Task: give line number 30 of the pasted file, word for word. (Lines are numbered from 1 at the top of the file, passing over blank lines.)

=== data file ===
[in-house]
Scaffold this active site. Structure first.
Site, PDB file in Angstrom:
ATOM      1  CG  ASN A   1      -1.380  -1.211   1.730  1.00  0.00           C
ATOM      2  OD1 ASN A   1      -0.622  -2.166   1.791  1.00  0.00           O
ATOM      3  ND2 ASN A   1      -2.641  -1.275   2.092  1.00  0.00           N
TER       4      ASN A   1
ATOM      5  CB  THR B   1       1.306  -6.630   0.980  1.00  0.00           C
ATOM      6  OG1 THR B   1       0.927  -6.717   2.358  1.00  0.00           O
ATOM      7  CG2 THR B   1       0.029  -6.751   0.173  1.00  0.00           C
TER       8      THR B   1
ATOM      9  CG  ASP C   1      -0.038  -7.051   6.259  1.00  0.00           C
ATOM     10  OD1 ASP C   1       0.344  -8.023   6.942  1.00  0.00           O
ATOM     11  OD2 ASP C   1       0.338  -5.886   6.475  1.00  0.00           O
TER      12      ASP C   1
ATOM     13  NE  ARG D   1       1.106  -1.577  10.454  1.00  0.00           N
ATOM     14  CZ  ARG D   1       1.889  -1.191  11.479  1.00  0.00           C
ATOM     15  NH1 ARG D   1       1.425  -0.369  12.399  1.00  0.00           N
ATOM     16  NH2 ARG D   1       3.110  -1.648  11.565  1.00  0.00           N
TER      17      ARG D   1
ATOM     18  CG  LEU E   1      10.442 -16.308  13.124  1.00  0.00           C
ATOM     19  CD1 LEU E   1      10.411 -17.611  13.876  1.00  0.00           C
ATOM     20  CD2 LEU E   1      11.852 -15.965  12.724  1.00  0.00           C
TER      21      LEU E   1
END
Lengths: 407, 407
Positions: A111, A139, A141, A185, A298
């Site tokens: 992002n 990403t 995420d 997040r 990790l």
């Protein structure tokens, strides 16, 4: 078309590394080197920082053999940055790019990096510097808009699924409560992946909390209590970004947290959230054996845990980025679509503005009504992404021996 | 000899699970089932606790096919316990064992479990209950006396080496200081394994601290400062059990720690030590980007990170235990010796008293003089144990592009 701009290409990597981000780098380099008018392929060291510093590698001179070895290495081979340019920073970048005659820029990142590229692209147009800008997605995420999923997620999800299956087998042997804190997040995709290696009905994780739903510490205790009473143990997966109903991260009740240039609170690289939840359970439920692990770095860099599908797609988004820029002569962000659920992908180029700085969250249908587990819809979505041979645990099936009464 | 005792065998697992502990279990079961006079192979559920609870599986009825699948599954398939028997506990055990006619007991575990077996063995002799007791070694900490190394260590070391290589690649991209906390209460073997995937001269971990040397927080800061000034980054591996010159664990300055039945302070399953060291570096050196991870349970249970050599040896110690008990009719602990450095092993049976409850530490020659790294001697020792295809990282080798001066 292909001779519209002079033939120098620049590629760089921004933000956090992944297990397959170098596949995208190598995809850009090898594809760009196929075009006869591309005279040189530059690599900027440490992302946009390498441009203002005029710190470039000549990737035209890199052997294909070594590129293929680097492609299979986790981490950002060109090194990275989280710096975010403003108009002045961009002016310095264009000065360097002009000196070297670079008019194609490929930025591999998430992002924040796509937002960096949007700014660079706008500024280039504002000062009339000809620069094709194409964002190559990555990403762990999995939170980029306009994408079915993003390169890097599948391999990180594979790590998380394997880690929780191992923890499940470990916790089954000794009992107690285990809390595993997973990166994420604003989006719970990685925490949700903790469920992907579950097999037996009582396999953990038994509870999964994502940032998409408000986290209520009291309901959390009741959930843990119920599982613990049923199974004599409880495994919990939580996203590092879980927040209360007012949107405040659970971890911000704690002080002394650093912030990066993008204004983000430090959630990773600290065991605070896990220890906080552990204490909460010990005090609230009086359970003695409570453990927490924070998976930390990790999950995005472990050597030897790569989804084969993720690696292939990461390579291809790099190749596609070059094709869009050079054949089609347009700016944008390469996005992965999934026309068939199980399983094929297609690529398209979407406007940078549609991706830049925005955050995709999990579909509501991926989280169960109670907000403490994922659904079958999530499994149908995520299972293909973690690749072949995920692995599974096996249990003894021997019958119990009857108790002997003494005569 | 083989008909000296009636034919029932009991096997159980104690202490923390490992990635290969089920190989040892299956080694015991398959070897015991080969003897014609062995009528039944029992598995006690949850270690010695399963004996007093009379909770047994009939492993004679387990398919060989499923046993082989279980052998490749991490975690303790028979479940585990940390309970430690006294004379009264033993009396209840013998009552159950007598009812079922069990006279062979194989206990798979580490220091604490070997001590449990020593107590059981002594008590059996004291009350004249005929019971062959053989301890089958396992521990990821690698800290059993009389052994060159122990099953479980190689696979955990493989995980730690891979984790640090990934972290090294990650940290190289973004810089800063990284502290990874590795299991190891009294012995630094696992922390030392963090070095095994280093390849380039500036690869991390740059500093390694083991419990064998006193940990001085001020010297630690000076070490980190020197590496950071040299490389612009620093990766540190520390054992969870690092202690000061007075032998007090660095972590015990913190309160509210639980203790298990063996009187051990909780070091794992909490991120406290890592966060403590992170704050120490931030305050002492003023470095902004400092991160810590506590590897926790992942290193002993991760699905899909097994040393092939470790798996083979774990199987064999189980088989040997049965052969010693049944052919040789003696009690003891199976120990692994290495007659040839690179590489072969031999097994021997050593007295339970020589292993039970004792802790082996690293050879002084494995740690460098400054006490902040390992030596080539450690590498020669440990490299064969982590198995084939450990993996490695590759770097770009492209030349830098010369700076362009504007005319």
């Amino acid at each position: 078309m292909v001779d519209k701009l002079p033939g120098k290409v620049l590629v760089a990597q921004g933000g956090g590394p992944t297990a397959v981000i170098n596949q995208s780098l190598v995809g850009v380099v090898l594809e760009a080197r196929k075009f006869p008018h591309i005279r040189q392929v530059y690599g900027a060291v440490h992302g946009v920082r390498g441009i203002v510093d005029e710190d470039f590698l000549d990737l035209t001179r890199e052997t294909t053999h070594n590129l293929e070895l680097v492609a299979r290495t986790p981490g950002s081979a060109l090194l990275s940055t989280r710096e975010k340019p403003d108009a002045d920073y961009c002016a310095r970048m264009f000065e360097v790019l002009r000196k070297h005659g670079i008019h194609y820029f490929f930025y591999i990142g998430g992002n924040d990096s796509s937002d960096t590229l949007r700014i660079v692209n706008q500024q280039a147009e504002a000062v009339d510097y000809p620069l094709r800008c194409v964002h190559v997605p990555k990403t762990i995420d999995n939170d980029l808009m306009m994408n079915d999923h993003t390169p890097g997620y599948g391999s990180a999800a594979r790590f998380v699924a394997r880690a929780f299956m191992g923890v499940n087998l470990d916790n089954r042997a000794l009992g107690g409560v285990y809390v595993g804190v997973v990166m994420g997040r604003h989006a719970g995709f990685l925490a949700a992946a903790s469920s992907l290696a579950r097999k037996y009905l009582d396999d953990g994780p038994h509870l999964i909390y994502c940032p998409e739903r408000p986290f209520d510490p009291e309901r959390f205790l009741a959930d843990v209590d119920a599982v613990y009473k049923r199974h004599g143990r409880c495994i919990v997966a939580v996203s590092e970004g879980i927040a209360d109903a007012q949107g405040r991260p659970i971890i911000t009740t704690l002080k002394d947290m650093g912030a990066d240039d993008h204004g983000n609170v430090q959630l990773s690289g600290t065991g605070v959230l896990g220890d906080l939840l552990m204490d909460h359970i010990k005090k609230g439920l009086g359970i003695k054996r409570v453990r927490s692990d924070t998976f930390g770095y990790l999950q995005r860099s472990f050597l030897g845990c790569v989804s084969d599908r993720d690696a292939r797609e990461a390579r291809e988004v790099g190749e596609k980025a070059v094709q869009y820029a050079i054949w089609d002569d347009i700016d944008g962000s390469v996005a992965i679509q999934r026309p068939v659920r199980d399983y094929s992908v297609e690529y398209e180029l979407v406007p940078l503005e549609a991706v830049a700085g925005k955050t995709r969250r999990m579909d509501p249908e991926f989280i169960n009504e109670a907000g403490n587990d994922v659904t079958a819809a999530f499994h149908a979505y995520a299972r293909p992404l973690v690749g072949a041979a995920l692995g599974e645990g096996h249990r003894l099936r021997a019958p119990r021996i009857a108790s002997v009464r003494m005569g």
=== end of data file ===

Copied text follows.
């Amino acid at each position: 078309m292909v001779d519209k701009l002079p033939g120098k290409v620049l590629v760089a990597q921004g933000g956090g590394p992944t297990a397959v981000i170098n596949q995208s780098l190598v995809g850009v380099v090898l594809e760009a080197r196929k075009f006869p008018h591309i005279r040189q392929v530059y690599g900027a060291v440490h992302g946009v920082r390498g441009i203002v510093d005029e710190d470039f590698l000549d990737l035209t001179r890199e052997t294909t053999h070594n590129l293929e070895l680097v492609a299979r290495t986790p981490g950002s081979a060109l090194l990275s940055t989280r710096e975010k340019p403003d108009a002045d920073y961009c002016a310095r970048m264009f000065e360097v790019l002009r000196k070297h005659g670079i008019h194609y820029f490929f930025y591999i990142g998430g992002n924040d990096s796509s937002d960096t590229l949007r700014i660079v692209n706008q500024q280039a147009e504002a000062v009339d510097y000809p620069l094709r800008c194409v964002h190559v997605p990555k990403t762990i995420d999995n939170d980029l808009m306009m994408n079915d999923h993003t390169p890097g997620y599948g391999s990180a999800a594979r790590f998380v699924a394997r880690a929780f299956m191992g923890v499940n087998l470990d916790n089954r042997a000794l009992g107690g409560v285990y809390v595993g804190v997973v990166m994420g997040r604003h989006a719970g995709f990685l925490a949700a992946a903790s469920s992907l290696a579950r097999k037996y009905l009582d396999d953990g994780p038994h509870l999964i909390y994502c940032p998409e739903r408000p986290f209520d510490p009291e309901r959390f205790l009741a959930d843990v209590d119920a599982v613990y009473k049923r199974h004599g143990r409880c495994i919990v997966a939580v996203s590092e970004g879980i927040a209360d109903a007012q949107g405040r991260p659970i971890i911000t009740t704690l002080k002394d947290m650093g912030a990066d240039d993008h204004g983000n609170v430090q959630l990773s690289g600290t065991g605070v959230l896990g220890d906080l939840l552990m204490d909460h359970i010990k005090k609230g439920l009086g359970i003695k054996r409570v453990r927490s692990d924070t998976f930390g770095y990790l999950q995005r860099s472990f050597l030897g845990c790569v989804s084969d599908r993720d690696a292939r797609e990461a390579r291809e988004v790099g190749e596609k980025a070059v094709q869009y820029a050079i054949w089609d002569d347009i700016d944008g962000s390469v996005a992965i679509q999934r026309p068939v659920r199980d399983y094929s992908v297609e690529y398209e180029l979407v406007p940078l503005e549609a991706v830049a700085g925005k955050t995709r969250r999990m579909d509501p249908e991926f989280i169960n009504e109670a907000g403490n587990d994922v659904t079958a819809a999530f499994h149908a979505y995520a299972r293909p992404l973690v690749g072949a041979a995920l692995g599974e645990g096996h249990r003894l099936r021997a019958p119990r021996i009857a108790s002997v009464r003494m005569g």